A Study of Strategies for Oil and Gas Auctions

Publication Year:
2010
Usage 1318
Downloads 962
Abstract Views 356
Repository URL:
http://hdl.handle.net/1969.1/ETD-TAMU-2009-08-815
Author(s):
Nordt, David Paul
Tags:
Oil and Gas Auctions, Auction Strategies
book description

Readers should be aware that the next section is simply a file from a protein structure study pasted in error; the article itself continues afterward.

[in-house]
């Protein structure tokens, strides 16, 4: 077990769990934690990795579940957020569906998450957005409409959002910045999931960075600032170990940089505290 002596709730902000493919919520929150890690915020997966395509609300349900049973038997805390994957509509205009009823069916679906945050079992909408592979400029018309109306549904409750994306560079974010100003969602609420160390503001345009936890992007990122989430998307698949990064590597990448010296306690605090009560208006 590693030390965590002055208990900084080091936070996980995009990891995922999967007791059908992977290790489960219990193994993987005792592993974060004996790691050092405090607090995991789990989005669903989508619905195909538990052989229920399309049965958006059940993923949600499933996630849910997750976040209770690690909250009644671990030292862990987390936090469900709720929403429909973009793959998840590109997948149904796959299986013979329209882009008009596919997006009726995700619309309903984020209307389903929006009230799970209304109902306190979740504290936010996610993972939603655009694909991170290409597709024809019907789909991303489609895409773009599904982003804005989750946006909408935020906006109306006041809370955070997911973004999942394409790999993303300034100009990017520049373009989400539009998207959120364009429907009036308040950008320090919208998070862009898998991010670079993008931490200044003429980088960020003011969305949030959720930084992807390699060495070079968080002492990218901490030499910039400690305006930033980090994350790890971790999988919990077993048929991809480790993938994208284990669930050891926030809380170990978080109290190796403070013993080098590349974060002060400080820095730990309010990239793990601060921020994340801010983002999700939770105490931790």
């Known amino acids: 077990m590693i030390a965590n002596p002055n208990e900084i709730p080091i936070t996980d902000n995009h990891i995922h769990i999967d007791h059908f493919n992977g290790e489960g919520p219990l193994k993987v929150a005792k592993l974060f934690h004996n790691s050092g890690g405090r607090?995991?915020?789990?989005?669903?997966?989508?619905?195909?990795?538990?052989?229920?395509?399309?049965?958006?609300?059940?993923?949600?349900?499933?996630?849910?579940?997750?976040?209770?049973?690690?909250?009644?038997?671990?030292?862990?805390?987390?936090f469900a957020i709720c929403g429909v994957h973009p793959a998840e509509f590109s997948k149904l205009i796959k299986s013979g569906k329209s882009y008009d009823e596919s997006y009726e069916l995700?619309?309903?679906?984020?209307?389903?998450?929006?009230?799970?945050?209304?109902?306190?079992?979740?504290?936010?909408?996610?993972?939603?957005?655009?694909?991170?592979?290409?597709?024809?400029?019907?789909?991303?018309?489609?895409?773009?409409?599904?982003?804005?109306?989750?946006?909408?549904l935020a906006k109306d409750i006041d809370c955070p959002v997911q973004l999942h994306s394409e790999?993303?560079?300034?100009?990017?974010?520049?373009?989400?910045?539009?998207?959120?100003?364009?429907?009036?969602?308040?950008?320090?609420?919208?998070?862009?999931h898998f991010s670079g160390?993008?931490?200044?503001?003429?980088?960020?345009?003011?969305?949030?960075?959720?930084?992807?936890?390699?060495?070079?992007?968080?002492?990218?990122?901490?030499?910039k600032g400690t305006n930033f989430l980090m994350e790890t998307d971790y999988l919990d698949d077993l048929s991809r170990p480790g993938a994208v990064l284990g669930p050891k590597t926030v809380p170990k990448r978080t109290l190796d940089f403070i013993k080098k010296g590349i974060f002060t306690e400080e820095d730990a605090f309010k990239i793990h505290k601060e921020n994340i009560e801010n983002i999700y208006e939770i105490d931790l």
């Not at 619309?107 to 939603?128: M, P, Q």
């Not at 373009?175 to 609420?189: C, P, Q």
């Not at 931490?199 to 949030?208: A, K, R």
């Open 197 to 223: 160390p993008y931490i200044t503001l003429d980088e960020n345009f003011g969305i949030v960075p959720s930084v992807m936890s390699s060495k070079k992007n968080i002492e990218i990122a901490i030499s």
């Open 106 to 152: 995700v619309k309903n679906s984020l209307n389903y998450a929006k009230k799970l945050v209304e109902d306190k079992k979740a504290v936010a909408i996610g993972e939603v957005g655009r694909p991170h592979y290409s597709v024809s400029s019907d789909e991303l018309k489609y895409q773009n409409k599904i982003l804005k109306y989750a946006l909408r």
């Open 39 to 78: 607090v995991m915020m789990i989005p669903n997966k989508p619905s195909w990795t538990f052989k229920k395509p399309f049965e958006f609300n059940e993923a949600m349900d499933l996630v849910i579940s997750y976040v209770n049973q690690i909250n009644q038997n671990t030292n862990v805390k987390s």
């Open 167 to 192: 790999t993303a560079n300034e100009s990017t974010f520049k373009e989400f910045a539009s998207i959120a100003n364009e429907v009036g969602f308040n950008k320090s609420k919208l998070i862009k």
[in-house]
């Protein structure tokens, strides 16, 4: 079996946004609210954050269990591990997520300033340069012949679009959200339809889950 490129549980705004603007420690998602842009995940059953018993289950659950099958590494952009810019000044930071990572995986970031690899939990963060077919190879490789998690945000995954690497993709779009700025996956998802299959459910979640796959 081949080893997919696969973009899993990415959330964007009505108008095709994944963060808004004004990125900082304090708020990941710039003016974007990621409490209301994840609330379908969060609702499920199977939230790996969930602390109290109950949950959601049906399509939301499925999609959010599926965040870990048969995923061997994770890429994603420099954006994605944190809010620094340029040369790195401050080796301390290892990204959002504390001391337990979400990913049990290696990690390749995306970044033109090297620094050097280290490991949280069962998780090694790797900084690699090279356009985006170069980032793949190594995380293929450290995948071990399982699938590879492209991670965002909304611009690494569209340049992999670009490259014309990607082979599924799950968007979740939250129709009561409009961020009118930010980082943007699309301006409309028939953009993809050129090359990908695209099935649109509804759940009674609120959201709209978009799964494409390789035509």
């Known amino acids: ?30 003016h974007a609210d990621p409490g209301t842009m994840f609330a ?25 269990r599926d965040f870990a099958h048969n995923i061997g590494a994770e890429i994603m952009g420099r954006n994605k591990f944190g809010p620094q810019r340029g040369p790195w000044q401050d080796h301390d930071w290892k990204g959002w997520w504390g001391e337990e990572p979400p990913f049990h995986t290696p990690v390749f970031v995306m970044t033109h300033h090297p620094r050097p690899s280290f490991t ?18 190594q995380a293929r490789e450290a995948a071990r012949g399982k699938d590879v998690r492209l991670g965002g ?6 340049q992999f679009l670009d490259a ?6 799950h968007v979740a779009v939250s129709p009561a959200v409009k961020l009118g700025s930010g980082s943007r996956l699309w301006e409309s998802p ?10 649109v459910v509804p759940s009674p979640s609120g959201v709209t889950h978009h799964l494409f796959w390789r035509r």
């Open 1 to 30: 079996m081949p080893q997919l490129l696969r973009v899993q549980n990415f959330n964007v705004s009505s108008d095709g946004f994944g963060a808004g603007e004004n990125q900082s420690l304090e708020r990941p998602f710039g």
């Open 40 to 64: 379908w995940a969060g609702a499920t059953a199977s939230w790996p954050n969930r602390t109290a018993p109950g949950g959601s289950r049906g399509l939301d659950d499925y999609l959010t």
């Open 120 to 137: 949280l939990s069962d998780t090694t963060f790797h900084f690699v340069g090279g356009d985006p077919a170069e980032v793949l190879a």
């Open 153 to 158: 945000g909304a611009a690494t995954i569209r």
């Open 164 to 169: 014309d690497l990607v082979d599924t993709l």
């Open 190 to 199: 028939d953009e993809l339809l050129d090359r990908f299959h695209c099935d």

Oil and gas auctions help transact billions of dollars in property sales in the US each year. Value is lost by participants with ineffective strategies. Federal lease auctions have been investigated from public data, but research in this narrow area peaked in the 1980s. Private property auctions did not emerge as a transaction force until nearly a decade later; however, today they dwarf federal lease sales in volume and value. This is the first study to publish research on private auctions and the first to consolidate historical lease research findings with private auction strategies. This dissertation reviews past research, interviews industry professionals, analyzes case histories, conducts game experiments, and synthesizes these views for strategic application. Findings from these efforts include the following: Reducing uncertainty increases bid values; Federal lease bid values tend to be log normal; Aggressive bidding results in a poor portfolio performance; Increasing competition increases bid values; Inexperience increases aggressive bidding; A significant group of companies do not follow consistent auction strategies; Top winning bid drivers are aggressive 3P reserves and commodity prices; Top value risks are commodity prices, capital, and operating expenses; Properties with upside value receive higher bids using sealed-bid auctions; Auction players can bid significantly less and sustain a high win probability; More money is left on the table in federal lease sales than private auctions; Poor data is primary reason auctions fail to complete the transaction; Profit taking is primary reason for selling properties though an auction; Market metrics are useful in valuation analysis; Producing properties receiver higher bids than undeveloped properties with same common knowledge including total proved reserves; Oral auctions receive higher bids than sealed-bid auctions with same common knowledge; Competition increases bid values in sealed-bid auctions; Reserve size does not increase relative value in sealed-bids with same common knowledge other than a magnitude of volume.

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